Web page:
It will take 108 years to achieve gender equality at the rate we’re going, and even longer in the world’s poorest countries. 26 of the 27 poorest countries are in sub-Saharan Africa, where poverty is on the rise. If we hope to deliver the most ambitious goals humankind has ever set – the SDGs – we urgently need concrete action. That means changing policies, putting money behind the fight, and holding governments and partners accountable for their commitments.
The G7 Summit in Biarritz this August will host leaders from the seven largest and most advanced economies, plus leaders from Africa and the rest of the world. When they meet, they must deliver immediate and long-lasting progress on the SDGs – especially on those related to gender equality.
Change the law
We’re calling on every country attending the G7 Summit to introduce two new laws or policies promoting gender equality by 2022. For example, our campaign – run in partnership with Senegalese artist Black Queen – demands the rapid adoption of a law criminalizing rape, which is still considered a “simple offense” in Senegal. On top of that, countries must get rid of sexist laws. It is unacceptable that laws holding back women still exist.
Finance the fight
At the Summit, G7 countries should commit to a financial package that’s focused on women and girls in the poorest African countries, with African countries prioritising women and girls in their budgets. Over the next three years, $1.5bn is needed to deliver real progress.
Serious money is needed to put the world on track to meet critical SDG targets focused on women and girls’ health, education, economic empowerment, and well-being.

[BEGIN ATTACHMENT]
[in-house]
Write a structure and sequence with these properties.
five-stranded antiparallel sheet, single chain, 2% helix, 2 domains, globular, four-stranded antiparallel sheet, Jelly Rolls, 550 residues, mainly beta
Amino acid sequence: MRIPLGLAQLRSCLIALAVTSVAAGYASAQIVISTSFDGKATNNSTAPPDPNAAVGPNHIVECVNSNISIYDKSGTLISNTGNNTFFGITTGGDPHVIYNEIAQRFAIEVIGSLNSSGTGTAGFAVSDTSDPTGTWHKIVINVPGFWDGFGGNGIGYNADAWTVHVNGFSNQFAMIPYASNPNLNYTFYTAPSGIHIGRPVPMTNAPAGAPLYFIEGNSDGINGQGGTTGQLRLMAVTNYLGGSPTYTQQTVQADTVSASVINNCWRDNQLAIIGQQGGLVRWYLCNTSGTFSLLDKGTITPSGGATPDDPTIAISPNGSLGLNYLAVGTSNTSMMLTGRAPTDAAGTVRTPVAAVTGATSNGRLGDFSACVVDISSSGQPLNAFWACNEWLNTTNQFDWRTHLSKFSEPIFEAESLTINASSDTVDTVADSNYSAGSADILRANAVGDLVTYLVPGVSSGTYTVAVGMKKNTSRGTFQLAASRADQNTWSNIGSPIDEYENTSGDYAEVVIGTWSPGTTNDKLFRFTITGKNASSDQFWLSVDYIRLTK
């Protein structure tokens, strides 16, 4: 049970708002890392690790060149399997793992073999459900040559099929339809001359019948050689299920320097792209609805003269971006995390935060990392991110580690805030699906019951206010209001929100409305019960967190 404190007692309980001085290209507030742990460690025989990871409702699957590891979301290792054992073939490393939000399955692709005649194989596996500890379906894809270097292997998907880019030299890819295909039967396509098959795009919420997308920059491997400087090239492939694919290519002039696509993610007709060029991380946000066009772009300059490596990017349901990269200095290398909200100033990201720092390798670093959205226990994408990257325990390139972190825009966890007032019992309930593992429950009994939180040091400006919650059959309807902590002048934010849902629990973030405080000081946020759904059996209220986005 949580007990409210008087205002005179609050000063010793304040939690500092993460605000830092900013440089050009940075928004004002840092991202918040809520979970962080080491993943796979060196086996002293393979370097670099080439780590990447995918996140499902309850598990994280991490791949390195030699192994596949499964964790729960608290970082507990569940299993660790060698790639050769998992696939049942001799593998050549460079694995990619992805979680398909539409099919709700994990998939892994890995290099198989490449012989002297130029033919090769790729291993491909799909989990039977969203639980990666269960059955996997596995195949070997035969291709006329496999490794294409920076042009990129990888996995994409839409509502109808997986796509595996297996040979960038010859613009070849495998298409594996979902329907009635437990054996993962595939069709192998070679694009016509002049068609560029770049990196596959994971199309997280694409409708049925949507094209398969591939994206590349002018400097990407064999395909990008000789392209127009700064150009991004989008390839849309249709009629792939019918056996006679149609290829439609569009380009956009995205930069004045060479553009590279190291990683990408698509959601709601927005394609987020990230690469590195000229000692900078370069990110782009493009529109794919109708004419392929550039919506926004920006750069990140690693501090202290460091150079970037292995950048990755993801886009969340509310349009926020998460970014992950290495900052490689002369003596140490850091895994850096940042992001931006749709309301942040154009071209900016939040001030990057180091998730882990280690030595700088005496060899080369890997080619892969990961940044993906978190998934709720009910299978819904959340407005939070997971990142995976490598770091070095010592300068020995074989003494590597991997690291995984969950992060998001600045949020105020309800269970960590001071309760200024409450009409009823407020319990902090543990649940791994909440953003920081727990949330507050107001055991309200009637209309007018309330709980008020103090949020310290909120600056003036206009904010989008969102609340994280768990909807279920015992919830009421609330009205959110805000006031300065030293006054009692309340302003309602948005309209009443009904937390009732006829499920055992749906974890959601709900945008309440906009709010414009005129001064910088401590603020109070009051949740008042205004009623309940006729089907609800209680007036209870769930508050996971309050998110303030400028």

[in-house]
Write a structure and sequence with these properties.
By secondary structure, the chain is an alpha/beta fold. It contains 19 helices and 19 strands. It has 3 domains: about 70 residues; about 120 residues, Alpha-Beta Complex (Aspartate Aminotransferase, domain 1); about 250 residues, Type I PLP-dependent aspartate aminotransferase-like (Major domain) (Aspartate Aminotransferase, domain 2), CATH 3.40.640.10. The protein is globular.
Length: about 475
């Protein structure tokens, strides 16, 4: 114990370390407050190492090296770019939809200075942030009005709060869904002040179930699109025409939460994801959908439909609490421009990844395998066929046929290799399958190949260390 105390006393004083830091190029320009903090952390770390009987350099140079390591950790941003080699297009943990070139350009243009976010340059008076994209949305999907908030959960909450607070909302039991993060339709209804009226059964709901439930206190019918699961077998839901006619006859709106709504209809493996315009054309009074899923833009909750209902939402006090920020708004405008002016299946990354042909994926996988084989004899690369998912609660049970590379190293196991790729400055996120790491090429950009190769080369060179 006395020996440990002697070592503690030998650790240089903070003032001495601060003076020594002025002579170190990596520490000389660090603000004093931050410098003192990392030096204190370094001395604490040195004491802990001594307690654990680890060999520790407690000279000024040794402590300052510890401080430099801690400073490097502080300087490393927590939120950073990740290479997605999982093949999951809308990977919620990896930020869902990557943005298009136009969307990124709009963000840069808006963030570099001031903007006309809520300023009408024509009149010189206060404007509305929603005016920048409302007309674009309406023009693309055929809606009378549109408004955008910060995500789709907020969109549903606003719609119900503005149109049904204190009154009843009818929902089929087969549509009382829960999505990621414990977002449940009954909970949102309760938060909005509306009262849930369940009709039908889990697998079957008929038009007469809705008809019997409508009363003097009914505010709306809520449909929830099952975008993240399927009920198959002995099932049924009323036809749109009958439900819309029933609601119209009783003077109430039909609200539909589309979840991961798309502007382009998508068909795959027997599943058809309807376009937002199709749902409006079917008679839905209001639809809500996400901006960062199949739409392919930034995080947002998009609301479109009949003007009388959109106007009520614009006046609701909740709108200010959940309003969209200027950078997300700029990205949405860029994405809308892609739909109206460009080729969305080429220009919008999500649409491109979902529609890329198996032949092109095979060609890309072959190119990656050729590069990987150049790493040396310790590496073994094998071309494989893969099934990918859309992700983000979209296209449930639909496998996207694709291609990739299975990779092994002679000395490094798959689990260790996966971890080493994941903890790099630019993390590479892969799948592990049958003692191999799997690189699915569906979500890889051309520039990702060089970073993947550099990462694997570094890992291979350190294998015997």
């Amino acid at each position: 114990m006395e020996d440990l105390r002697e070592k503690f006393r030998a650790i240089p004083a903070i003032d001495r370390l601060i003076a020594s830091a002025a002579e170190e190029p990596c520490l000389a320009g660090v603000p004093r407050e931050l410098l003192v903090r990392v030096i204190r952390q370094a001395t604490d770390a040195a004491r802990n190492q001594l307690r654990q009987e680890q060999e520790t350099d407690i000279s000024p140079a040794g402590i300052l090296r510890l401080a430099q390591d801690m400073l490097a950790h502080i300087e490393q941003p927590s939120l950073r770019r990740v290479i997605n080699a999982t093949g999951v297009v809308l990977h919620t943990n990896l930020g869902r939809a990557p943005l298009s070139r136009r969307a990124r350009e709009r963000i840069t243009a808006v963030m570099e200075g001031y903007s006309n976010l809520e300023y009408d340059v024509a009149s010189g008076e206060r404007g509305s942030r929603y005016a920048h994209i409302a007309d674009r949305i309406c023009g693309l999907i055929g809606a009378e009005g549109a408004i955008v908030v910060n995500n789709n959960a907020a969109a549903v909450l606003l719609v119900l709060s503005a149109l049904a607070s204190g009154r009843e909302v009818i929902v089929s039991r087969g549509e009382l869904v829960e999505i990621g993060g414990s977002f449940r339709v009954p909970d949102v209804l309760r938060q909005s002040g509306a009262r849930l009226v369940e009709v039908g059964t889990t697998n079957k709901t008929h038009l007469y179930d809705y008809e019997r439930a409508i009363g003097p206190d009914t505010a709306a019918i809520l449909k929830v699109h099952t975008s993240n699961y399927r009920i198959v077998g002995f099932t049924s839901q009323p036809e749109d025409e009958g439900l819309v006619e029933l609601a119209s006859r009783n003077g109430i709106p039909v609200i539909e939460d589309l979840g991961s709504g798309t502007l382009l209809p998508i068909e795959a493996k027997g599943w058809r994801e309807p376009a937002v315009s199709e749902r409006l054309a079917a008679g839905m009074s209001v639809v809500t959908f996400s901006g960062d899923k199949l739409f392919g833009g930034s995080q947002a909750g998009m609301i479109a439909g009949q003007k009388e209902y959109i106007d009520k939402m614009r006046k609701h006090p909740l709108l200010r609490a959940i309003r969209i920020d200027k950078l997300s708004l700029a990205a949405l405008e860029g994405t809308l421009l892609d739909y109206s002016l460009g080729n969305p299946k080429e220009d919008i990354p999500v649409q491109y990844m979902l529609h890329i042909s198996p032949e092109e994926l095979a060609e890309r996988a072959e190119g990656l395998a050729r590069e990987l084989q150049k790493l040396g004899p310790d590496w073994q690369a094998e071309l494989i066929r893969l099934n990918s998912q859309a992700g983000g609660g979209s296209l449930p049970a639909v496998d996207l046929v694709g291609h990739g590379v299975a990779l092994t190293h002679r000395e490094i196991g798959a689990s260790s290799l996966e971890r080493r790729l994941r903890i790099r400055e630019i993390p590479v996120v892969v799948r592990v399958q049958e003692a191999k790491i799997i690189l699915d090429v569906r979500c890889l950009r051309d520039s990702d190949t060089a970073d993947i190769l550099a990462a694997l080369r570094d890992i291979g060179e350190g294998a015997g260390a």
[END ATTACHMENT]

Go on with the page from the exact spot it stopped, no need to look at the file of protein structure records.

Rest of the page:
Some of that should come through targeted aid spending: 85% of international aid should contribute to gender equality, of which 20% for projects targeted specifically at women and girls. Some should also come from domestic budgets targeted towards initiatives that will have an immediate impact on women’s lives.
Within that, more funding is needed for girls’ education. We need to double education focused aid to the Sahel by 2022, and the rest of Africa by 2025. African governments should commit 20% of their budgets to education by 2022 and ensuring their national policies take into account the specific needs of girls.
In order to get women banking online, governments should fund the Gates’ Foundation’s proposal on women’s access to digital financial services in Africa, which will give 240 million women in Africa access to digital financial services.
Funding must be made available quickly to support local women’s rights organisations standing at the frontlines of advancing gender equality in Africa, and to support initiatives against sexual violence, such as the foundation of Nobel Prize Mukwege. Governments should also increase funding for women entrepreneurs, for example through the support of the AFAWA (Affirmative Finance Action for Women in Africa) initiative led by the African Development Bank.
Track commitments to completion
If governments commit to all of the above, we stand a real chance of achieving gender equality – and in this century! But words won’t be enough – we need progress, not promises!
Leaders must agree to the creation of a Global Alliance for Gender Equality (GAGE), an independent body that will hold governments and the private sector to account for their commitments, starting with those made at the G7 Summit.